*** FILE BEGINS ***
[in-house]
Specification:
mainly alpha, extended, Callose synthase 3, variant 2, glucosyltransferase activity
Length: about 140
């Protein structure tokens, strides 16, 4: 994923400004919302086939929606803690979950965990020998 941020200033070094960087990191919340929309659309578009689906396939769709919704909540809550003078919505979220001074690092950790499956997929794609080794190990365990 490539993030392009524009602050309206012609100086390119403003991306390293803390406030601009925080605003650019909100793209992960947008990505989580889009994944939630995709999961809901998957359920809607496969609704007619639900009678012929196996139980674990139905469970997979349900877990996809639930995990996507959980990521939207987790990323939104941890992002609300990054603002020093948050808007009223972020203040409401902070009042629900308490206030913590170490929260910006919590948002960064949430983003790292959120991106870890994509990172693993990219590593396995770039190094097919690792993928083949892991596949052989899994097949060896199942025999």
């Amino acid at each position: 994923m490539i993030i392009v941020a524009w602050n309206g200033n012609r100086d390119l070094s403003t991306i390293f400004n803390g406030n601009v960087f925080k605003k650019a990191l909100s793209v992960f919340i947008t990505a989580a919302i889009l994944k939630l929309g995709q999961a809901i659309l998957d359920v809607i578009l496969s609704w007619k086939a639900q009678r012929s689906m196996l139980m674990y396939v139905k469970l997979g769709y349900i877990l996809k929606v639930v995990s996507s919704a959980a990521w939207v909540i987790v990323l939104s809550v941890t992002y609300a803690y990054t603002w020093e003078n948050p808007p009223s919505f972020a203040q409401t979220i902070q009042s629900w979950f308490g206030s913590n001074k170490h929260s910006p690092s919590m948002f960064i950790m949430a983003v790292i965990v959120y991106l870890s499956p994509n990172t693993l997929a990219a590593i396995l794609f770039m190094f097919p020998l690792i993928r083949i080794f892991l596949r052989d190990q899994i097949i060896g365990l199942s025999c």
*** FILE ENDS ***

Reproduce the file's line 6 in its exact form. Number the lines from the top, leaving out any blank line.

């Amino acid at each position: 994923m490539i993030i392009v941020a524009w602050n309206g200033n012609r100086d390119l070094s403003t991306i390293f400004n803390g406030n601009v960087f925080k605003k650019a990191l909100s793209v992960f919340i947008t990505a989580a919302i889009l994944k939630l929309g995709q999961a809901i659309l998957d359920v809607i578009l496969s609704w007619k086939a639900q009678r012929s689906m196996l139980m674990y396939v139905k469970l997979g769709y349900i877990l996809k929606v639930v995990s996507s919704a959980a990521w939207v909540i987790v990323l939104s809550v941890t992002y609300a803690y990054t603002w020093e003078n948050p808007p009223s919505f972020a203040q409401t979220i902070q009042s629900w979950f308490g206030s913590n001074k170490h929260s910006p690092s919590m948002f960064i950790m949430a983003v790292i965990v959120y991106l870890s499956p994509n990172t693993l997929a990219a590593i396995l794609f770039m190094f097919p020998l690792i993928r083949i080794f892991l596949r052989d190990q899994i097949i060896g365990l199942s025999c």